ASB reveals record profit for third year in a row
ASB has revealed a record annual net profit, for the third year in-a-row, of $705 million – up 3% on last year’s result.
Cash net profit, the bank’s preferred measure of financial performance because it one-off distortions, rose 12% to $699 million in the year to June 30.
Across the Tasman, ASB’s parent bank the Commonwealth Bank of Australia this morning revealed its net profit rose 8% to $7.68 billion - reportedly the biggest profit recorded by an Australian bank.
ASB chief executive Barbara Chapman says the local bank’s strong performance was partly to do with productivity gains within the bank, and partly to do with steadily improving economy.
“We have grown earnings and performed well against the market across our key segments, demonstrating the diversification and strength of our business.
“Over the past 12 months we noted an improvement in the average cost of new funding as some of the turbulence in the global markets abated,” Ms Chapman says.
“However, uncertainty remains around the recovery of Europe’s economies as well as the markets’ reaction over the Federal Reserve’s intentions around the unwinding of its quantitative easing programme. Both factors may put pressure on the financial markets and the consequent cost of funding over the next few years.
A focus on productivity inside the bank and controling costs had reduced operating expenses as a percentage of total income from 42.6% to 41.1%.
Customer deposits grew 6% over the year, particularly across ASB’s savings products.
Perforrmance was strong across the bank generally, and the rural and business divisions had grown at above-market levels.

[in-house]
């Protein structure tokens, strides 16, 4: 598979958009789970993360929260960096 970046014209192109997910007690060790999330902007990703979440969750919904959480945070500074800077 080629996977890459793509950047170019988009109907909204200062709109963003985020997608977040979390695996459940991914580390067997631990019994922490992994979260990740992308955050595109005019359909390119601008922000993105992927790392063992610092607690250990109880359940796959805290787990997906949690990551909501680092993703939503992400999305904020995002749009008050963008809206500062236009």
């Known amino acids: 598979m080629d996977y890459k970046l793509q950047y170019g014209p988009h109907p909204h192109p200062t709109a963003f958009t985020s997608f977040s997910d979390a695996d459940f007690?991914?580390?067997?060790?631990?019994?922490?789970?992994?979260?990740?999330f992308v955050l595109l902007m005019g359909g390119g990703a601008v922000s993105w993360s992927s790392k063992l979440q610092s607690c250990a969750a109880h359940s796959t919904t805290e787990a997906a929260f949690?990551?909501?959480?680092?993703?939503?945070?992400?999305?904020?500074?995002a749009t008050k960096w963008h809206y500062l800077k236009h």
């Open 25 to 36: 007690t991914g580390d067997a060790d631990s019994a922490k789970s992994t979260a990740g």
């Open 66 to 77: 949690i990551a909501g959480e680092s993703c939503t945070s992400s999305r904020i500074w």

But it was the bank’s wealth and insurance business that is reported to have the biggest area of income growth of 22% over the year.
Improvements came as investment in ASB’s KiwiSaver scheme grew 29% to $2.9 billion. Making ASB KiwiSaver Scheme balances available on internet and mobile banking services had contributed to that growth by making the products more visible and accessible, Ms Chapman says.
“We have further developed our private wealth offering and consolidated our position as New Zealand’s largest bancassurance provider,” she says.
Bad debts expenses, at $56 million, were up 19% on the same time last year. But Ms Chapman says the increase was expected as provisioning returned to more normal levels after last year’s low - an outlier result which was related to an over-provision for the Christchurch post-earthquake.
Rapid evolution of the banking market continued and Ms Chapman says the pace of adoption of mobile banking is remarkable.
More than half of all log-ins to ASB's Fastnet internet banking now come via mobile phones.
Ms Chapman says she’s confident ASB will continue to deliver profitable growth.